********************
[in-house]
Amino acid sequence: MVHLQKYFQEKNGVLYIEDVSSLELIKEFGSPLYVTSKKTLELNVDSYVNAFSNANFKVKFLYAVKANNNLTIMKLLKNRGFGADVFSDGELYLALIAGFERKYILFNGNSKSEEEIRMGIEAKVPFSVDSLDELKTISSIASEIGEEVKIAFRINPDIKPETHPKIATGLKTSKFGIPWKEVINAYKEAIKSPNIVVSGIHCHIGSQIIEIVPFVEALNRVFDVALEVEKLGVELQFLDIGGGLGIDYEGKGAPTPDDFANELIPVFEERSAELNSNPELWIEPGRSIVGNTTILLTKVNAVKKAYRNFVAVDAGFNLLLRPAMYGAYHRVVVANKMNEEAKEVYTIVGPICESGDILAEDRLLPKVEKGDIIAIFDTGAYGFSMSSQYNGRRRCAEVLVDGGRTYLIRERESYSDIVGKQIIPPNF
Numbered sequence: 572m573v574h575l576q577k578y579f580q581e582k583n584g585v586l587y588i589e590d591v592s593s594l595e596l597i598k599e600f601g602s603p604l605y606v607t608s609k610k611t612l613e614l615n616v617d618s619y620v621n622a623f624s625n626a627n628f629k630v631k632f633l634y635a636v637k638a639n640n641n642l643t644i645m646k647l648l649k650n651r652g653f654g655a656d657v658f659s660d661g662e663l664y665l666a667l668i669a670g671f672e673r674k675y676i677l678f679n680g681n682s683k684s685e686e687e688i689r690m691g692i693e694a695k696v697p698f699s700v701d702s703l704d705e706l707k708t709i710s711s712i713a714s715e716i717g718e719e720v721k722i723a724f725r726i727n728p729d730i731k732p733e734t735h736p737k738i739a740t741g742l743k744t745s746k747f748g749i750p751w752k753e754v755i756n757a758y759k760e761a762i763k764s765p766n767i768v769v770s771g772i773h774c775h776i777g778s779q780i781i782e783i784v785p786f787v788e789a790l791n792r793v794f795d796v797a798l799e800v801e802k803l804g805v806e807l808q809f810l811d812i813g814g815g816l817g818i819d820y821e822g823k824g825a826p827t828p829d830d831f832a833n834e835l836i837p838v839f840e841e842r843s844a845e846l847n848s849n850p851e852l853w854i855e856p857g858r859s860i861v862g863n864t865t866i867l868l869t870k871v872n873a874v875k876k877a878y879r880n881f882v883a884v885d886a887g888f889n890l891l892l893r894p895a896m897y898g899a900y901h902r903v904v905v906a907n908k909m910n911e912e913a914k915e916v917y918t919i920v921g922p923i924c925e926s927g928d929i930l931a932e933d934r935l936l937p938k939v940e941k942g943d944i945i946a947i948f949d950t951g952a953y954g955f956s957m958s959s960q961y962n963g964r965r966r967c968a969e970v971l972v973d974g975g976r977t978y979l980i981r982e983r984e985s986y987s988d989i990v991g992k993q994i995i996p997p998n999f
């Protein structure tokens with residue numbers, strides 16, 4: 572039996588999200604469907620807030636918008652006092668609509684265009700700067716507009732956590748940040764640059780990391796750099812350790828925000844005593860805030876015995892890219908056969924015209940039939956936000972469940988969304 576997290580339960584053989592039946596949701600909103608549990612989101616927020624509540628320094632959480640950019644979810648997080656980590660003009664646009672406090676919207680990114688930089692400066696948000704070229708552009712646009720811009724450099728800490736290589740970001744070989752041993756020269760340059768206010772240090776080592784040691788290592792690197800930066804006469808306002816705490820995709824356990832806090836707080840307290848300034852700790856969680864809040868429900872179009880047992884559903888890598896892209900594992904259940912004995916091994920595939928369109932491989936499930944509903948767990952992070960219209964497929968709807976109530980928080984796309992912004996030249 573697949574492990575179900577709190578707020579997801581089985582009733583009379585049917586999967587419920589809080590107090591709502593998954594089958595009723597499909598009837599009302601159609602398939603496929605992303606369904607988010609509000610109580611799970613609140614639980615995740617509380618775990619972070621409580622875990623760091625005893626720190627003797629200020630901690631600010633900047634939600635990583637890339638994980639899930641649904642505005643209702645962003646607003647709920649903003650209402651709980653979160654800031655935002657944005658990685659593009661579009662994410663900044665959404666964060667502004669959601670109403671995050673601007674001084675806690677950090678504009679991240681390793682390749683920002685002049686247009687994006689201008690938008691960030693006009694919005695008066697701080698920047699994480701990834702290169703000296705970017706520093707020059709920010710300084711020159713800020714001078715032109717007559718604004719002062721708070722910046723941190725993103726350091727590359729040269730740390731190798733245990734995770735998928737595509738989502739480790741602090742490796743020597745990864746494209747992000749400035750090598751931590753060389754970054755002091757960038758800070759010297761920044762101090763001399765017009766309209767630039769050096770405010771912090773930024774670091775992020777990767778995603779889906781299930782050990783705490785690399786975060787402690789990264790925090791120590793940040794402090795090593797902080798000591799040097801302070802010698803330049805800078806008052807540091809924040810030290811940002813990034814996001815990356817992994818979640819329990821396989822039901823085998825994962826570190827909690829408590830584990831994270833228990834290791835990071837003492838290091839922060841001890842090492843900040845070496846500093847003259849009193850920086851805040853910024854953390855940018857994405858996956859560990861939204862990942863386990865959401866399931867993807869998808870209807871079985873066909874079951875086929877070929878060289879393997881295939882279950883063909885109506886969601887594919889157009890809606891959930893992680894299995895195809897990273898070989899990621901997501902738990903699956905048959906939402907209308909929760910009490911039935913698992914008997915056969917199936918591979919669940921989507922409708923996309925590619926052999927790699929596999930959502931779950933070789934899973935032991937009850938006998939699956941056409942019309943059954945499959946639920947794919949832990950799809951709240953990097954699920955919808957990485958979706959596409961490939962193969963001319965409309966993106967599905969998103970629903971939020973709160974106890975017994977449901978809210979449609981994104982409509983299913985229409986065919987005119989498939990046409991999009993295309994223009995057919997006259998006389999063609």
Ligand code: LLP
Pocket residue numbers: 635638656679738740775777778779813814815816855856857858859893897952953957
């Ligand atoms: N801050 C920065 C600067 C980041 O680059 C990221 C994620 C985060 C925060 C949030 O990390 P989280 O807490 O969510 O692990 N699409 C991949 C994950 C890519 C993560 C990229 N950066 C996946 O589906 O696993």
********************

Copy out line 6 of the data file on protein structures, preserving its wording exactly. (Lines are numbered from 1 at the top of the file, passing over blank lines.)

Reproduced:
Pocket residue numbers: 635638656679738740775777778779813814815816855856857858859893897952953957